Growing up Human
by Thormaclennan on September 12, 2016 - 1:11pm
Growing up I was exposed to many cultures and ethnicities from a young age. I grew up in Banff, Alberta. Alberta is traditionally thought to be very white and euro-centric. Banff, however, has a very large Japanese population. When I was younger my friends and half of my classmates were Japanese, the other half being white or first nations. In addition to that, my mother is from New Zealand and of Maori descent. My father, however, is half Icelandic and half Danish. So I’m a mix of Scandinavian and Polynesian, hence the name and pale appearance. Interacting with other “races” was always encouraged in my household so I never grew up with any prejudices against people with different skin tones or of other ethnicities.
Race was never a big deal to me or my family. I never really noticed it and wasn’t fully aware of the realities people from other “races” are faced with on a daily basis. I did, however, follow the notion of what Jarod Diamond was saying on the terms of his common sense view of race. In this, all native Scandinavians differ from native Nigerians and could never be confused based on the vast differences in their appearance with features such as: skin tones, very pale versus very dark; hair colour, blond or light brown versus black; hair texture, straight versus tightly coiled; and finally eye colour, blue or grey versus black (Diamond, 2). He goes on to continue how other European ethnic groups are much more similar to the Swedes than to the Nigerians, which in turn gives way to the racial classification of Europeans and sub-Saharan Africans into two groups based mainly on skin colour, Europeans being whites and Africans being blacks (3).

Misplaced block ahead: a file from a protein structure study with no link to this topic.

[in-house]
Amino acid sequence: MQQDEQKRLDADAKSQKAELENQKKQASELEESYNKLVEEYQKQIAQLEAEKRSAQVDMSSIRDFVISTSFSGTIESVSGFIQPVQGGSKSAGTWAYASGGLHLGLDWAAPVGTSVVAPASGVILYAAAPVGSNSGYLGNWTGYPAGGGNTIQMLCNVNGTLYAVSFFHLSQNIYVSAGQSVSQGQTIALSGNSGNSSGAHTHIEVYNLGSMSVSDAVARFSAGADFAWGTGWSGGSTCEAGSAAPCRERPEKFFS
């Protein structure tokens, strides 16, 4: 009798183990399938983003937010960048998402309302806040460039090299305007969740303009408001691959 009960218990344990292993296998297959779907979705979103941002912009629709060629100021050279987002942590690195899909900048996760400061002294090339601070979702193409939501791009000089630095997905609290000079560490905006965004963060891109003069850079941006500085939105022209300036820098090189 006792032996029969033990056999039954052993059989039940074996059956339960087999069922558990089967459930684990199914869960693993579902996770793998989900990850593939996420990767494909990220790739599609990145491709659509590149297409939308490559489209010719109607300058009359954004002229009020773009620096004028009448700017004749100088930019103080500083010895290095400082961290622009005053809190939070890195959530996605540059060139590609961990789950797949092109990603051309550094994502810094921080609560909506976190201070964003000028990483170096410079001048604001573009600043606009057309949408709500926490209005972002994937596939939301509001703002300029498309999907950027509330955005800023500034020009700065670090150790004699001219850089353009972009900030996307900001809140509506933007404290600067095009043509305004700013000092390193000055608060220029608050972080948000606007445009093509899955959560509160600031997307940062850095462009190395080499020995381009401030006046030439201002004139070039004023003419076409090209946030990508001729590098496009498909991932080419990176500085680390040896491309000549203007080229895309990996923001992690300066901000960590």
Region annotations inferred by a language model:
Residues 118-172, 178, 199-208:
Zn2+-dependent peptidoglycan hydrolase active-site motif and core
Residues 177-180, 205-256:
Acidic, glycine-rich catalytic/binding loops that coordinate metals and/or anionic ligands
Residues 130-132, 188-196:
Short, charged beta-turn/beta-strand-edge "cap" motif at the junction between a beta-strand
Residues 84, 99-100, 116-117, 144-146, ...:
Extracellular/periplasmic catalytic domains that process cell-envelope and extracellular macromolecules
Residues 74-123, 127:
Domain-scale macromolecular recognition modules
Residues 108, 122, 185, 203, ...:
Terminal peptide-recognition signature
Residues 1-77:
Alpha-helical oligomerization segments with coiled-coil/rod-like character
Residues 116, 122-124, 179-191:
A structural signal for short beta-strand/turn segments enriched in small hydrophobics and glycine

This being said, from my previous sociology class I already knew that the concept of race was a societal concept and that there was only one human race. The in-class activities ingrained the arbitrariness of racial classification and how the biological variability within humans is great but has nothing to do with the respective “races” that we are from. As stated before, growing up not paying any attention to the “races” of people, it is puzzling to me and makes me question, why this idea of “race” is such a big deal to people and I also find it quite comical when we hear of “racial superiority” when we are all just one big race, the human “race."
Diamond, J. (2016, Winter). Race Without Color. In A. Nouvet (Ed.), Anthropology 381-204-LA: The Myth of Rae and the Reality of Racism. Saint-Lambert, QC: Champlain.